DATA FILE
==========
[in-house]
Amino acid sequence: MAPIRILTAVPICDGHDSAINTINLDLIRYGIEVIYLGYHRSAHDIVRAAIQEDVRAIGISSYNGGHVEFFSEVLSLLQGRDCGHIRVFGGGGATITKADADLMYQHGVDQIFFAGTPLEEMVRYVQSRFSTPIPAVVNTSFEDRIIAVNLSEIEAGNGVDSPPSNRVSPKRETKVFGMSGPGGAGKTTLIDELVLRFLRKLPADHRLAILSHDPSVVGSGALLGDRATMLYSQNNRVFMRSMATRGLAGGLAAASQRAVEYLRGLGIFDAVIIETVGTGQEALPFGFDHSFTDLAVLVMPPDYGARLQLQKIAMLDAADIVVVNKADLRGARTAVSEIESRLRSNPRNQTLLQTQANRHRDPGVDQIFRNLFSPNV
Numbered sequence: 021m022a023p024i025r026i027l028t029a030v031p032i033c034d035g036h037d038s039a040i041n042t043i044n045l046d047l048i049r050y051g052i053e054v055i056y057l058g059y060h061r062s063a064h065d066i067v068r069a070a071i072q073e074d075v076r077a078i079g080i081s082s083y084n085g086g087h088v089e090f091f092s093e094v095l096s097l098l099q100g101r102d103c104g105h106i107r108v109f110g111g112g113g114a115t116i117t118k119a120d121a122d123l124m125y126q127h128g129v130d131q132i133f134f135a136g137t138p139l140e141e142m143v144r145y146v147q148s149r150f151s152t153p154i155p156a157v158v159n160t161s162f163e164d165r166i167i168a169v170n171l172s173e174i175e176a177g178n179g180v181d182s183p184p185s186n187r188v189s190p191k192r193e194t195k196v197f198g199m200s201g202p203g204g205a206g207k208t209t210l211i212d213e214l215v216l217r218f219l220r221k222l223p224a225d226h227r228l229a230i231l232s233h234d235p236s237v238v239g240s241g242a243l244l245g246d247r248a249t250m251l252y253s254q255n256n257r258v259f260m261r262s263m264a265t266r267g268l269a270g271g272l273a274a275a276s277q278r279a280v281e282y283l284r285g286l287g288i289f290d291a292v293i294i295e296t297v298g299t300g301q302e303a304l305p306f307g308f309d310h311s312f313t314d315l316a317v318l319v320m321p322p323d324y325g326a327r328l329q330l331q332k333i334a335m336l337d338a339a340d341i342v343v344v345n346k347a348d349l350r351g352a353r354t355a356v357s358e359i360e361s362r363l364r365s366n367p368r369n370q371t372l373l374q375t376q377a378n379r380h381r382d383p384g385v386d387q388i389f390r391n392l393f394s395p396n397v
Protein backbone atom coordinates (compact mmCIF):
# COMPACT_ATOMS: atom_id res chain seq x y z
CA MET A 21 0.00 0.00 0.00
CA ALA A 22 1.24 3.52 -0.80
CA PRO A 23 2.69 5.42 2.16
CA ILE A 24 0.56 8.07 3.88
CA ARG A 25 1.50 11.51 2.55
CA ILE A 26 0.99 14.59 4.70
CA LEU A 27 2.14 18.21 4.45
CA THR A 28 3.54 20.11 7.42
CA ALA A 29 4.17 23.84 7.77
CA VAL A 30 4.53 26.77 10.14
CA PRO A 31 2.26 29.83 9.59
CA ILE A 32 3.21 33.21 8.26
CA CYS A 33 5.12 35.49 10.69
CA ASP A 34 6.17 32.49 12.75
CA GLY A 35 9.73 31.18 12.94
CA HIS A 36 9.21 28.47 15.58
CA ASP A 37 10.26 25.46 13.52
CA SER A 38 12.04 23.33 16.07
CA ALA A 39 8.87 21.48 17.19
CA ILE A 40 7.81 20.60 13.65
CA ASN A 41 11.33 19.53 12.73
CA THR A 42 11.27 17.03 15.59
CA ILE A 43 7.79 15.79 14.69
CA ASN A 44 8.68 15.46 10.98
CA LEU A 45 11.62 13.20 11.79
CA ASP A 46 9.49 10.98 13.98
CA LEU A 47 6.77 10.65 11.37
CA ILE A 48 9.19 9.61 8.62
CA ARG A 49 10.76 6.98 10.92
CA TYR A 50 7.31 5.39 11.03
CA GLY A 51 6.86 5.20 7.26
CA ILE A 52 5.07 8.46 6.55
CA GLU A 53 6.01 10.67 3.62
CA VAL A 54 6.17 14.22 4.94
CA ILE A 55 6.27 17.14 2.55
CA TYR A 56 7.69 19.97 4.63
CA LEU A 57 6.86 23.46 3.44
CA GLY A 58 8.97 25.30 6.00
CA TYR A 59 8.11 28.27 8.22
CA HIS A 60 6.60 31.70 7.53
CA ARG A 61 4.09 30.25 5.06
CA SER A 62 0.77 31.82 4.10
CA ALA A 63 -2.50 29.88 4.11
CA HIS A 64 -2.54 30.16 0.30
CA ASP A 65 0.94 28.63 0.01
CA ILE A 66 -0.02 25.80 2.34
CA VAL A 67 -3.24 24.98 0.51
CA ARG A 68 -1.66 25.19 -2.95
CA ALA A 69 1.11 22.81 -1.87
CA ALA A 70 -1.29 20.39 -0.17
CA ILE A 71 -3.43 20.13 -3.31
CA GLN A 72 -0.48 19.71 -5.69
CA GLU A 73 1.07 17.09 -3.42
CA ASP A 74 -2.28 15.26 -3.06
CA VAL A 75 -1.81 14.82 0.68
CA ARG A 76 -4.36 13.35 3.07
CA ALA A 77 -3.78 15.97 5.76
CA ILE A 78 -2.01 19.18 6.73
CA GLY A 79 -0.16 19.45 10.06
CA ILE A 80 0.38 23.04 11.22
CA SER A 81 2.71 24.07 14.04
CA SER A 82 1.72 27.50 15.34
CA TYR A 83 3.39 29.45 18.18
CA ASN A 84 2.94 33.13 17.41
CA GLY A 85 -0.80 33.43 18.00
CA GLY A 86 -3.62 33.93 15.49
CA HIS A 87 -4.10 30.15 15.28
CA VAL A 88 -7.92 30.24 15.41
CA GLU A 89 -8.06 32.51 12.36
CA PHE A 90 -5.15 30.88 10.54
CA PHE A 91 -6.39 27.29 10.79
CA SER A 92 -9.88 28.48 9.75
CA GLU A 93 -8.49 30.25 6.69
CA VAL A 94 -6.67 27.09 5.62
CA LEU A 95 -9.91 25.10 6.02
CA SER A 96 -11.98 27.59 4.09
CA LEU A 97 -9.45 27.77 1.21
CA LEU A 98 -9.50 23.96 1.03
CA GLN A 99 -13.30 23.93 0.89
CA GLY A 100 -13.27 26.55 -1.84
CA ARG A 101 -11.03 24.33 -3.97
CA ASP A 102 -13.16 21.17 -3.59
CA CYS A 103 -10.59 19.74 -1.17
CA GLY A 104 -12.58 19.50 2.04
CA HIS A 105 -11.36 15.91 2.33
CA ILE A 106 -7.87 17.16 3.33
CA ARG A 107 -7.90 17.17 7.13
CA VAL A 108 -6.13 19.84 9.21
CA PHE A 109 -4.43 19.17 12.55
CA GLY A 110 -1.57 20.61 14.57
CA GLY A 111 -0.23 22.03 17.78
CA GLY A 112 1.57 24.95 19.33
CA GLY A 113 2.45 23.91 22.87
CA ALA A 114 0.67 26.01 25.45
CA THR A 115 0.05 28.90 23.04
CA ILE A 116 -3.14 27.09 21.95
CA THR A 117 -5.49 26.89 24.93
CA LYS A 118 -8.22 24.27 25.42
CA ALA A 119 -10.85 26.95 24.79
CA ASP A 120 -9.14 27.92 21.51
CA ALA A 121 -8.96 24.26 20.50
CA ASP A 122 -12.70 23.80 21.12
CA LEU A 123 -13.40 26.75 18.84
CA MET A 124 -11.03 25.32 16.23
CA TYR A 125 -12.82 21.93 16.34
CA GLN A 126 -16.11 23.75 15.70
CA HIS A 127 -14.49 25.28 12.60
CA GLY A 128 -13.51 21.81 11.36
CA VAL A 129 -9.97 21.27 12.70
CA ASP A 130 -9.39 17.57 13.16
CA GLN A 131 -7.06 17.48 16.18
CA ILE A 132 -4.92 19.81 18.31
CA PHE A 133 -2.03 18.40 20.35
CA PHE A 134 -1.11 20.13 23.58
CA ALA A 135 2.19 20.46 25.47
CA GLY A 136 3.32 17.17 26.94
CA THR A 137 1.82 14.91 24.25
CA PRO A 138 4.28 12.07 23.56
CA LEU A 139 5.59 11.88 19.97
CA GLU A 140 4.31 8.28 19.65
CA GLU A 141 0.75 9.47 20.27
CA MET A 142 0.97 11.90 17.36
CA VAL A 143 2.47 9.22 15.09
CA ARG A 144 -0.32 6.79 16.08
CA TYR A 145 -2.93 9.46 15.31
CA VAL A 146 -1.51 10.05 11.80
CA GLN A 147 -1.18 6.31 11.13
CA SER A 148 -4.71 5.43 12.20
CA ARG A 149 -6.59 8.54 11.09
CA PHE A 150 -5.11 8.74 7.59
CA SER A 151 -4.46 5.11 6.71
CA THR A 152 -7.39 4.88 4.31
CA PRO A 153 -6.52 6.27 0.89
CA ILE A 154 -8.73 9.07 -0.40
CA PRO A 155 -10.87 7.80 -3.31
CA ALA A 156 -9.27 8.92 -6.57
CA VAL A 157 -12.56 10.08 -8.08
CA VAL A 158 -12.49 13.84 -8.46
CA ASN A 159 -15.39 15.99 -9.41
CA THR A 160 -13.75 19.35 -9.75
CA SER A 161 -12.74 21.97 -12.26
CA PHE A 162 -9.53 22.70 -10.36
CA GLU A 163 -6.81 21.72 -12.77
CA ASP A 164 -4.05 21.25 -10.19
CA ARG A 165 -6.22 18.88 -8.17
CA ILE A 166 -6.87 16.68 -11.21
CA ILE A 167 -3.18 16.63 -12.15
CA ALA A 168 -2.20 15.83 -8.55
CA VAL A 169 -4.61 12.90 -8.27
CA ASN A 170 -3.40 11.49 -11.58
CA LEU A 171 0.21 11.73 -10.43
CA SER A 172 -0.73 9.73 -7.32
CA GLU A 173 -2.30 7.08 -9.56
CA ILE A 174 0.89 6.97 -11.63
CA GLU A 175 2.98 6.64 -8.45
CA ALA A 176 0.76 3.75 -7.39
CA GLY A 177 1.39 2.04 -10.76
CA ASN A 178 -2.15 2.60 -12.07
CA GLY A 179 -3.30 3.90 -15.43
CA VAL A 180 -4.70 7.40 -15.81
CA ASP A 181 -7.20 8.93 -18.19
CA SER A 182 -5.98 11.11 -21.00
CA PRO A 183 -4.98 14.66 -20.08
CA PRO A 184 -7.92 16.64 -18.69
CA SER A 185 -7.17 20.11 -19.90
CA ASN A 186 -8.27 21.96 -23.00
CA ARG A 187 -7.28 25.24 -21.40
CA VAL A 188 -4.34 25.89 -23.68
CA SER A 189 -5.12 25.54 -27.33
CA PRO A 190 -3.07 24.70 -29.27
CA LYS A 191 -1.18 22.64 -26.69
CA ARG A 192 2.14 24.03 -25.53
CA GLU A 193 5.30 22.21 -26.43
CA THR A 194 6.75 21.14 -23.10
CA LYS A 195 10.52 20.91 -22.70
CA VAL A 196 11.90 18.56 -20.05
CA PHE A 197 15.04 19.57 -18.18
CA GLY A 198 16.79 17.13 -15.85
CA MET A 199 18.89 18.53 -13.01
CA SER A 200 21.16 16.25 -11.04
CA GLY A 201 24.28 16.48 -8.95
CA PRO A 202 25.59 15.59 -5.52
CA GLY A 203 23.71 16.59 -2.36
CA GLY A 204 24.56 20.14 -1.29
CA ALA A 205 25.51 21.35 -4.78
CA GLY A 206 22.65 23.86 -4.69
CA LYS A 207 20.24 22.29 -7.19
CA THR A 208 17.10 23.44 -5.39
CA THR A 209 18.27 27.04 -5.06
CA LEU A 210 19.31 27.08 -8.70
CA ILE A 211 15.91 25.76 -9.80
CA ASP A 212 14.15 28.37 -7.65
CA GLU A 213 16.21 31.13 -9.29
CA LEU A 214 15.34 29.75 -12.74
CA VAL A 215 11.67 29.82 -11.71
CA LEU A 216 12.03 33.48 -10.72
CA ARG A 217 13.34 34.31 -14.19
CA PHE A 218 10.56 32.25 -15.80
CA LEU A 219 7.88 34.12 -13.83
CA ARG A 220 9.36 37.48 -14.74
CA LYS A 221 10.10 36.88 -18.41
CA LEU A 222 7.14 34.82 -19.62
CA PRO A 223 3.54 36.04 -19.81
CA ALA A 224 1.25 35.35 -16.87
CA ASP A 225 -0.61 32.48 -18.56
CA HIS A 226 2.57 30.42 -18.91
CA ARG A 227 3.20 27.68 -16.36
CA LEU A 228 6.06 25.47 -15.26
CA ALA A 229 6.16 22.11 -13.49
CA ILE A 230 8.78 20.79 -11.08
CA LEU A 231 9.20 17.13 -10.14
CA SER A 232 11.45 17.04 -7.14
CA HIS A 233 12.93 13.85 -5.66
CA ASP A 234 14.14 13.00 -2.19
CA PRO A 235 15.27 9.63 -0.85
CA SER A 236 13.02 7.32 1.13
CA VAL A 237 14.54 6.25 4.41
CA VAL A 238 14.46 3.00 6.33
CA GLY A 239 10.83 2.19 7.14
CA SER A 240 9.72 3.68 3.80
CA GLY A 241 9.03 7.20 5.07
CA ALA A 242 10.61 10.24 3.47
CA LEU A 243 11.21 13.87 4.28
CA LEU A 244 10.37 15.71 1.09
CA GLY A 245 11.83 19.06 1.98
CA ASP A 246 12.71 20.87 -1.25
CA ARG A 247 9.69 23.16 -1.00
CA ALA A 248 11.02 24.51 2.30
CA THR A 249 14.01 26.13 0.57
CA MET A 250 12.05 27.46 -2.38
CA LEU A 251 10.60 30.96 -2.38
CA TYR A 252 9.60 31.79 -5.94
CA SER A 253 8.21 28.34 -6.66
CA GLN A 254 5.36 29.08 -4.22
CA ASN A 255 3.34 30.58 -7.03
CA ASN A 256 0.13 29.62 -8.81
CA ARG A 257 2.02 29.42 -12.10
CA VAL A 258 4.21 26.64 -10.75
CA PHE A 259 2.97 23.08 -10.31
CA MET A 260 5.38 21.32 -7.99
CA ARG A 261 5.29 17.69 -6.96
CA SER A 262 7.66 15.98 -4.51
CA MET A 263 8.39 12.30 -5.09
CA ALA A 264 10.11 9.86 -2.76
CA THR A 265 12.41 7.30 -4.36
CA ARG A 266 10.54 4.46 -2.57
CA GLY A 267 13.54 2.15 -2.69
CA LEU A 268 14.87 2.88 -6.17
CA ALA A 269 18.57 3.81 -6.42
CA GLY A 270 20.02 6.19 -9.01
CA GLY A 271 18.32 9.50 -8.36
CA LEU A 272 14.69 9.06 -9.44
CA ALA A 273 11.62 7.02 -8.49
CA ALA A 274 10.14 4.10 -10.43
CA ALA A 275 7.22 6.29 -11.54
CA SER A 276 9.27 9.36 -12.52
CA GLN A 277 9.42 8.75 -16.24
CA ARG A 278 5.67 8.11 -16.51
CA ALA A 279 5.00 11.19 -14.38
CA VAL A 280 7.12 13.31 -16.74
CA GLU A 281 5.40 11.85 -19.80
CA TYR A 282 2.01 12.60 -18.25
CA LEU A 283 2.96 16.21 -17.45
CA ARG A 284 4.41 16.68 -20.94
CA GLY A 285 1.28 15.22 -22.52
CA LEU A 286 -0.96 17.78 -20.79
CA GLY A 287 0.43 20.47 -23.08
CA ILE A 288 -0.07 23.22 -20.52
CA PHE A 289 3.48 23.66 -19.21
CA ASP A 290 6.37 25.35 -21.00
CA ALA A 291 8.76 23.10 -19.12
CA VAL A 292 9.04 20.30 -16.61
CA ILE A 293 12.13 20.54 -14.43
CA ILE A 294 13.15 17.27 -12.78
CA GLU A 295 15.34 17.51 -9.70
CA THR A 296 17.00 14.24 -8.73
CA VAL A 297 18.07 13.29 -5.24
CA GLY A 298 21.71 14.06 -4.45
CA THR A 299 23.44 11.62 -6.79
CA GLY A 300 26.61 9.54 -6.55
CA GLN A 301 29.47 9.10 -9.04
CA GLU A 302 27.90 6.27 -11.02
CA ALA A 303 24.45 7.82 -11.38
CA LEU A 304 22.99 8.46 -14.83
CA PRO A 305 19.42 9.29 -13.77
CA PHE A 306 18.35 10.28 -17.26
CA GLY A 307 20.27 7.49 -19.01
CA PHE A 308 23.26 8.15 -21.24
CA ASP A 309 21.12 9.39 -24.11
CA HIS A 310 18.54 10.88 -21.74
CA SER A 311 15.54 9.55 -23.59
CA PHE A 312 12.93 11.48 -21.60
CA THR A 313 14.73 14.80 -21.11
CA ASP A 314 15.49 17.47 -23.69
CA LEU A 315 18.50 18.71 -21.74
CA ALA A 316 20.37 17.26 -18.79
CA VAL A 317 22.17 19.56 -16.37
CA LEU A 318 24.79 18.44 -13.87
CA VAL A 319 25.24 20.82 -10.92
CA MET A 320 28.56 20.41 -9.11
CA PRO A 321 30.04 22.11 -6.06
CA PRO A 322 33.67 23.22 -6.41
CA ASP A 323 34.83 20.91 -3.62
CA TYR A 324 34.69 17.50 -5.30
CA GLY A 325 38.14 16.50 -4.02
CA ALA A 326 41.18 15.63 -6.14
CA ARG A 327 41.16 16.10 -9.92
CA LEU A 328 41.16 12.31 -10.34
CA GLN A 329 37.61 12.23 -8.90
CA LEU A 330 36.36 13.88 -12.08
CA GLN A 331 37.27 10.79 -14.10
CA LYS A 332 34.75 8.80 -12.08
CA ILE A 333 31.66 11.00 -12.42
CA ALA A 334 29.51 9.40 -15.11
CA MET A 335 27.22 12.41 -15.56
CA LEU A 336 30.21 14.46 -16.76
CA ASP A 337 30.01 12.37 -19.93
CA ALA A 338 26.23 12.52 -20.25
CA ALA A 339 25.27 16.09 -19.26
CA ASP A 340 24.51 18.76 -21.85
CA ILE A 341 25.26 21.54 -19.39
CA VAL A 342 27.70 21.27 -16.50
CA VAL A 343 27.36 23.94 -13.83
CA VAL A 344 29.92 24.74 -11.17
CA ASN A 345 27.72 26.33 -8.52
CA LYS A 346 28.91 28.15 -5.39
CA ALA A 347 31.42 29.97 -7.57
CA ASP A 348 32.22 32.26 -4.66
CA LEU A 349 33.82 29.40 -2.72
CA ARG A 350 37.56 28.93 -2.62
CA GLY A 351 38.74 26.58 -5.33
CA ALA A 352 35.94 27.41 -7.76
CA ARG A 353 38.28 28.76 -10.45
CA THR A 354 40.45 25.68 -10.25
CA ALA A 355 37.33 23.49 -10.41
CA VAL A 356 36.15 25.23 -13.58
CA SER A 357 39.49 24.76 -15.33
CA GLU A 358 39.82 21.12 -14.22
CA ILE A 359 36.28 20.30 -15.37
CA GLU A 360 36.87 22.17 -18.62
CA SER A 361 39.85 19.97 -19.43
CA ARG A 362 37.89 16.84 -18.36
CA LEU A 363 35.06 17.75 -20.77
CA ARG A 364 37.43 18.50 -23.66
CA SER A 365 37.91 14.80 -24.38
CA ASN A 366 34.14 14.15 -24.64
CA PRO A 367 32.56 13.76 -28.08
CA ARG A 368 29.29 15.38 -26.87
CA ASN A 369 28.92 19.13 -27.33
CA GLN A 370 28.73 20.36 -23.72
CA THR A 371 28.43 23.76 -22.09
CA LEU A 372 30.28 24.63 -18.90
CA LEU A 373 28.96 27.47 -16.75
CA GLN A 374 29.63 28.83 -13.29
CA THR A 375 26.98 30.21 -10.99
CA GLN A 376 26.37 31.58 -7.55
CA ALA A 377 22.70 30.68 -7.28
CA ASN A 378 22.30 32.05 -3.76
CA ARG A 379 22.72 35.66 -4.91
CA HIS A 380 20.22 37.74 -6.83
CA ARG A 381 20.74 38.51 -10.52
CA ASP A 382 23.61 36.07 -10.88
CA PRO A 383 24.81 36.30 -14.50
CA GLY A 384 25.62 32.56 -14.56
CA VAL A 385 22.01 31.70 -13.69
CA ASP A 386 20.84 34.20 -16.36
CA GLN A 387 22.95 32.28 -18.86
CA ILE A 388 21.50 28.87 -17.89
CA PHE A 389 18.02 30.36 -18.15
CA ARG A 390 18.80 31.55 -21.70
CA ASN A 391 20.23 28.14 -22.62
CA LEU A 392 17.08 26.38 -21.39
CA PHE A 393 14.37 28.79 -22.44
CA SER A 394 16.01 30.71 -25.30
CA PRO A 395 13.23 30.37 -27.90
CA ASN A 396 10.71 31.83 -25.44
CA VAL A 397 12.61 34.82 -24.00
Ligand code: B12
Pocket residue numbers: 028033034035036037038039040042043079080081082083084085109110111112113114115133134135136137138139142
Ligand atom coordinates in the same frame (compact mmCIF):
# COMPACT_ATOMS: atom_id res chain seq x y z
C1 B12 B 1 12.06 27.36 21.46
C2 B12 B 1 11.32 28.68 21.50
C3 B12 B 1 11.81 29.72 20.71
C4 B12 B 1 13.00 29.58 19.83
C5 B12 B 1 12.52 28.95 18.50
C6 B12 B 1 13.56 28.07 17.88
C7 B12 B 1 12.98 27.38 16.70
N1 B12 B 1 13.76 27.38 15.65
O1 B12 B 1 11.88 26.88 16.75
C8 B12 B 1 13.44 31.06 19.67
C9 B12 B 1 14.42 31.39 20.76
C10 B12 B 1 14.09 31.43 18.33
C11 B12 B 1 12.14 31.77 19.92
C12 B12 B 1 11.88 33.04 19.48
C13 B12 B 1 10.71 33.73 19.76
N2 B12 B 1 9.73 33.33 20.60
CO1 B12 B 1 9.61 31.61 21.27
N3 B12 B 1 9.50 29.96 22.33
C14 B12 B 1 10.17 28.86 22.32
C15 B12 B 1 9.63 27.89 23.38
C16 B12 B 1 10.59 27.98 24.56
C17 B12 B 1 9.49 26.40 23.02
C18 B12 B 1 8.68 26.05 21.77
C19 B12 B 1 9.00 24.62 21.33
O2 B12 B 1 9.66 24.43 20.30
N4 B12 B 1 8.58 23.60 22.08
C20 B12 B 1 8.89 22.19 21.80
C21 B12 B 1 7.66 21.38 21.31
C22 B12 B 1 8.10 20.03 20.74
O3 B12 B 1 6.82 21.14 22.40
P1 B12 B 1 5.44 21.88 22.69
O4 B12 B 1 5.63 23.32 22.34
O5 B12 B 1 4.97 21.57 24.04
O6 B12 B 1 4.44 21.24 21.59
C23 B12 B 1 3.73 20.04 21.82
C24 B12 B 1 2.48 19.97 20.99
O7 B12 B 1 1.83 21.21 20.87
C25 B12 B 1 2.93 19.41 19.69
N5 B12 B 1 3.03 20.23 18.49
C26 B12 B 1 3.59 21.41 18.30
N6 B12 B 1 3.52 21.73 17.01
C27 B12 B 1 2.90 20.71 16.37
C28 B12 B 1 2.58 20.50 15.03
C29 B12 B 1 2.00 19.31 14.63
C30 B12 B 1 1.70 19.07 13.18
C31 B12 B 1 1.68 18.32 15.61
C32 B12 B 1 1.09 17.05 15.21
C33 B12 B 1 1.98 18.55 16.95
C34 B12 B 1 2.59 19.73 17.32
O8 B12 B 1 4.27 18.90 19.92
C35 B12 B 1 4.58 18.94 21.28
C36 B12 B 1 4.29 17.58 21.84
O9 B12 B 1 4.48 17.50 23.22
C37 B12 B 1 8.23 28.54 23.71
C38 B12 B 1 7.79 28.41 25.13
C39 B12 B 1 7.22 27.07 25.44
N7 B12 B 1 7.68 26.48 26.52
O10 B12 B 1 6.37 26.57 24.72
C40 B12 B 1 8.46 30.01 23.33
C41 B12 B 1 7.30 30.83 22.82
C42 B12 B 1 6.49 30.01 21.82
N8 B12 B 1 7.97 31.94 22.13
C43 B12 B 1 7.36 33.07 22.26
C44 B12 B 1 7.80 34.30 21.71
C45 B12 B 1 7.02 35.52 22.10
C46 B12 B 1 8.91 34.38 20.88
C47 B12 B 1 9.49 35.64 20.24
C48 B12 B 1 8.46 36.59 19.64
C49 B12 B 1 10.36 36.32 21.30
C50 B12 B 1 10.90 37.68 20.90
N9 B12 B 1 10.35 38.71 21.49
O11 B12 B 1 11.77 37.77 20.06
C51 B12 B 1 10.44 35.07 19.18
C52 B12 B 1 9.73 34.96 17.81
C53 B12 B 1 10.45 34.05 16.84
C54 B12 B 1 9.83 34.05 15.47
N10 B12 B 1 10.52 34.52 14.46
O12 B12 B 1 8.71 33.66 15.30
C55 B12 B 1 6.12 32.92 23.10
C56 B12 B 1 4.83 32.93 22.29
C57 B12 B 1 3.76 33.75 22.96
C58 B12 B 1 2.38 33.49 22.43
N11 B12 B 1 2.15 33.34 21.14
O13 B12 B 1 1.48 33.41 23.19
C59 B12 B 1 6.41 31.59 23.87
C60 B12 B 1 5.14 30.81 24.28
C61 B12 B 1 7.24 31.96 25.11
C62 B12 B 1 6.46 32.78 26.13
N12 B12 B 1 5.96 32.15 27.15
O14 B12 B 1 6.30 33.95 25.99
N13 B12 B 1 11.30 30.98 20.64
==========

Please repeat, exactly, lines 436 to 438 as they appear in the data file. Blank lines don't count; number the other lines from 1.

O8 B12 B 1 4.27 18.90 19.92
C35 B12 B 1 4.58 18.94 21.28
C36 B12 B 1 4.29 17.58 21.84